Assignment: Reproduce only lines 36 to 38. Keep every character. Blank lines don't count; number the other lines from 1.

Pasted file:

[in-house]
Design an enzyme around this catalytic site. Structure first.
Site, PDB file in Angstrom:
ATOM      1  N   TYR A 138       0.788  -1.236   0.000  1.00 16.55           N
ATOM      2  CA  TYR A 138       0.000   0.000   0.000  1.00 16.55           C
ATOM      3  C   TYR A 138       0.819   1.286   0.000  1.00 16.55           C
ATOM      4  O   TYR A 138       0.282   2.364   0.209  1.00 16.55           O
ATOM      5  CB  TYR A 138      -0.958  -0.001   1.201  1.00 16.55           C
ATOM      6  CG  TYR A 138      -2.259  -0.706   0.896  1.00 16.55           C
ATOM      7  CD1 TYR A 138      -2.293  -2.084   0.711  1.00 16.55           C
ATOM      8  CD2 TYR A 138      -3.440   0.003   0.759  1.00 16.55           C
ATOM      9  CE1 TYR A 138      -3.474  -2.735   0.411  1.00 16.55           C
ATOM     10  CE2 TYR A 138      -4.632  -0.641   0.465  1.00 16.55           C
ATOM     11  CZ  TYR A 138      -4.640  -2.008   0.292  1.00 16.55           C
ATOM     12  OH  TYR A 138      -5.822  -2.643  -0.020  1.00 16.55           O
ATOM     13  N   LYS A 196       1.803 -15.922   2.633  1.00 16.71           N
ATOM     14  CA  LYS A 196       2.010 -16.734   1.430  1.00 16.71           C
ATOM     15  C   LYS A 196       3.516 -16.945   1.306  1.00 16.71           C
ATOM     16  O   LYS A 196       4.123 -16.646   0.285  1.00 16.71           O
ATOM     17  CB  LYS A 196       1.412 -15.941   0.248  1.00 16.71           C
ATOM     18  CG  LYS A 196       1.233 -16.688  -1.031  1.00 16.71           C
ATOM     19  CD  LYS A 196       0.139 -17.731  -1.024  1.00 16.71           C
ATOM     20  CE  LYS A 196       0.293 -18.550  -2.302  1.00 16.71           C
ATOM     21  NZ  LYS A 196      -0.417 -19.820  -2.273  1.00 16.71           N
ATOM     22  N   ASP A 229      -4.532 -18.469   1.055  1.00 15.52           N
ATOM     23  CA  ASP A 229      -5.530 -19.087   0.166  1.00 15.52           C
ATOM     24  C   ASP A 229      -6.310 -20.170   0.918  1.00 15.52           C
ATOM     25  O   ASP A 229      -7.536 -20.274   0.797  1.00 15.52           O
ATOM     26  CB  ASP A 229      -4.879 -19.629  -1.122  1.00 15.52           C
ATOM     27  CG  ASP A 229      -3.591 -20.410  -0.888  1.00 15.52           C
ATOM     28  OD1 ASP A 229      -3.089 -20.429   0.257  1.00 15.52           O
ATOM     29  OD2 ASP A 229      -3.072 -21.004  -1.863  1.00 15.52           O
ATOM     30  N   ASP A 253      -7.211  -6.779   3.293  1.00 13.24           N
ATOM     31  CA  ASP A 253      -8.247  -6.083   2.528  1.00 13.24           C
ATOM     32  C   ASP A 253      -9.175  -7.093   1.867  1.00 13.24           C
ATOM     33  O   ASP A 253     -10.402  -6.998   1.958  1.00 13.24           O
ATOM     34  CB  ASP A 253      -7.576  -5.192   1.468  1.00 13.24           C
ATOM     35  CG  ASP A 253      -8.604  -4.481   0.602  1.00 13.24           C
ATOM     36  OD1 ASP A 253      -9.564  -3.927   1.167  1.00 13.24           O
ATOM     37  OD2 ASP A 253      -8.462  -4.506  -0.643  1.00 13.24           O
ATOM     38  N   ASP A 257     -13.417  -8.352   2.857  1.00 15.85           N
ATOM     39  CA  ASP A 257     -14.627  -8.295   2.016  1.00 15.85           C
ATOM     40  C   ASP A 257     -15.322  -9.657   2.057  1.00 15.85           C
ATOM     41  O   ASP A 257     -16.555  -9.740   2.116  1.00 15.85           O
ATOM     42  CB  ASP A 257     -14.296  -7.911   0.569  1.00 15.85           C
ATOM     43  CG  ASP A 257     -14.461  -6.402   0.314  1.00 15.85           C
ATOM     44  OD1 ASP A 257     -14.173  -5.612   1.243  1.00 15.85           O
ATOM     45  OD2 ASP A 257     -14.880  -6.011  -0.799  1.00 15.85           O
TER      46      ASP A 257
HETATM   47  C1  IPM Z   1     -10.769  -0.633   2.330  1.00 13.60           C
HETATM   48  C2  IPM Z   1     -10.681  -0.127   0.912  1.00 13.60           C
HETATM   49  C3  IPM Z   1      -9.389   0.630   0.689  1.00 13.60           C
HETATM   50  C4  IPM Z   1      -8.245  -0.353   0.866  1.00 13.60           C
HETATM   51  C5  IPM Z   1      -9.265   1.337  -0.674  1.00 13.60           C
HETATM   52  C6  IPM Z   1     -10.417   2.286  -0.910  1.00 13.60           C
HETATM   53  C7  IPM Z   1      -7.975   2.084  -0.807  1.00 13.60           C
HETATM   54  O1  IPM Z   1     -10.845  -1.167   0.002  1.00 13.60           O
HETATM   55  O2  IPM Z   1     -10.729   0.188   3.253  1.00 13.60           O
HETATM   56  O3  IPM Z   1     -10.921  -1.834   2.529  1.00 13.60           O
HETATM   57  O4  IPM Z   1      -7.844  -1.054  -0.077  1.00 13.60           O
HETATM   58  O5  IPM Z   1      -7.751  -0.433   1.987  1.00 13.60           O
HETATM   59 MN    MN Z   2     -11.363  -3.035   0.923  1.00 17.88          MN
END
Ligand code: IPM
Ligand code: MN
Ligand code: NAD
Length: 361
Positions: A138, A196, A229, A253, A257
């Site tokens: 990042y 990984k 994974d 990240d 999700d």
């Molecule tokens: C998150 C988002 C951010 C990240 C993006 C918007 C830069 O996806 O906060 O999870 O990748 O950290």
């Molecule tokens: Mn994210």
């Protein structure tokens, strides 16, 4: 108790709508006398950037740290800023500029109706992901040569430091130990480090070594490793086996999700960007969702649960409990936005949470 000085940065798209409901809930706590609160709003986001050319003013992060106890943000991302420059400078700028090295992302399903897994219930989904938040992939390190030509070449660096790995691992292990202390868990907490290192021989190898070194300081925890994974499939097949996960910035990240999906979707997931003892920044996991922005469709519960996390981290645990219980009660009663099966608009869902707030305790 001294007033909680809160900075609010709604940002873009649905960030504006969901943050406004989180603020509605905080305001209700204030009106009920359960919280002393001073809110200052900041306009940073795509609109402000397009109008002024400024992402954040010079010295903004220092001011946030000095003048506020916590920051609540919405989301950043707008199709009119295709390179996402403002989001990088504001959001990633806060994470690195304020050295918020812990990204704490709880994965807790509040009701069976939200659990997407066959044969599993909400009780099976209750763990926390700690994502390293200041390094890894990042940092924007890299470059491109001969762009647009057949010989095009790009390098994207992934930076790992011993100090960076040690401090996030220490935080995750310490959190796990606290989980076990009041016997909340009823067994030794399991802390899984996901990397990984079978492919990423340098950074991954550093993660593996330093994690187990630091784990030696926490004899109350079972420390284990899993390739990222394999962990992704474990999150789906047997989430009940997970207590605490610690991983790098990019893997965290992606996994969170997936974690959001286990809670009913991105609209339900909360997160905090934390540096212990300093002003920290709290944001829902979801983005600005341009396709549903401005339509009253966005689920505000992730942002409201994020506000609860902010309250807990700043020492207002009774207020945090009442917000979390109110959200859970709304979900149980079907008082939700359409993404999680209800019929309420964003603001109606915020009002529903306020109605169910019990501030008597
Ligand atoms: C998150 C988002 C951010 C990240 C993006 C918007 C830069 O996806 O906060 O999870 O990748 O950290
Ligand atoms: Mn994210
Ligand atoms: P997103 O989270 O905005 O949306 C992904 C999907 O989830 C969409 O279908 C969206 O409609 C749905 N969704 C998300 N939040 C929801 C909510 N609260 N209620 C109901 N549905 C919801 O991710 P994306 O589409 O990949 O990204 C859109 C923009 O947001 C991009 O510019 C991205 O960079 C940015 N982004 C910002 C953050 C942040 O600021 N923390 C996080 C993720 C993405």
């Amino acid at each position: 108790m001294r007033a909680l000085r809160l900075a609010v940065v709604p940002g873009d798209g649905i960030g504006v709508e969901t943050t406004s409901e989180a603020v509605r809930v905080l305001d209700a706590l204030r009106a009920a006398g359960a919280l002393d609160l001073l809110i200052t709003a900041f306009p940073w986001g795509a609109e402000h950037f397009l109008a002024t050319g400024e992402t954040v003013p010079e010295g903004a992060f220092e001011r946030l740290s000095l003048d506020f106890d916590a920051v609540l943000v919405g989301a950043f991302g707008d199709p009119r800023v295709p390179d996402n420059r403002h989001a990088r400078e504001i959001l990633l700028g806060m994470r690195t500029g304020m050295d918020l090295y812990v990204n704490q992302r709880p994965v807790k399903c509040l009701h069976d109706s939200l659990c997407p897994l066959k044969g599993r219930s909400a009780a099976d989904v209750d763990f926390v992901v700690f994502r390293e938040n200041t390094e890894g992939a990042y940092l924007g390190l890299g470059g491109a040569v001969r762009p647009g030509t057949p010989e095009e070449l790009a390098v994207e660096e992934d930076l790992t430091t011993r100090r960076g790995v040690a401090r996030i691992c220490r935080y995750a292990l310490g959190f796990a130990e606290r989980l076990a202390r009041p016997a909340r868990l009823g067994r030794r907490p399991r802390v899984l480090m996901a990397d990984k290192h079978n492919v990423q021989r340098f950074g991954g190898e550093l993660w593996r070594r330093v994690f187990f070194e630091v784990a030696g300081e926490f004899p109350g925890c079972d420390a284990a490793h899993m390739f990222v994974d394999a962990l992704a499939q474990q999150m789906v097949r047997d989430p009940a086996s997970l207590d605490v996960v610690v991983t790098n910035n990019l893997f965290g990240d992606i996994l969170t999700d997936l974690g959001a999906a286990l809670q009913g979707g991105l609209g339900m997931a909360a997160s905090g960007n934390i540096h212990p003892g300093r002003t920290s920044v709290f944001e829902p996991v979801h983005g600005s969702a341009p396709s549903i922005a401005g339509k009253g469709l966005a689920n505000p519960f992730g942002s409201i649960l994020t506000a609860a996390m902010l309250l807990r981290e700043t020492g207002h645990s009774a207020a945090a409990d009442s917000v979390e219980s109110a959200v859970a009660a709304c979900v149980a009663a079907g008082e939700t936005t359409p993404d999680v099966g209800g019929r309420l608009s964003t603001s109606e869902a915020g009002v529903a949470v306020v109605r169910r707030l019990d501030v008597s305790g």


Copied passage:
ATOM     33  O   ASP A 253     -10.402  -6.998   1.958  1.00 13.24           O
ATOM     34  CB  ASP A 253      -7.576  -5.192   1.468  1.00 13.24           C
ATOM     35  CG  ASP A 253      -8.604  -4.481   0.602  1.00 13.24           C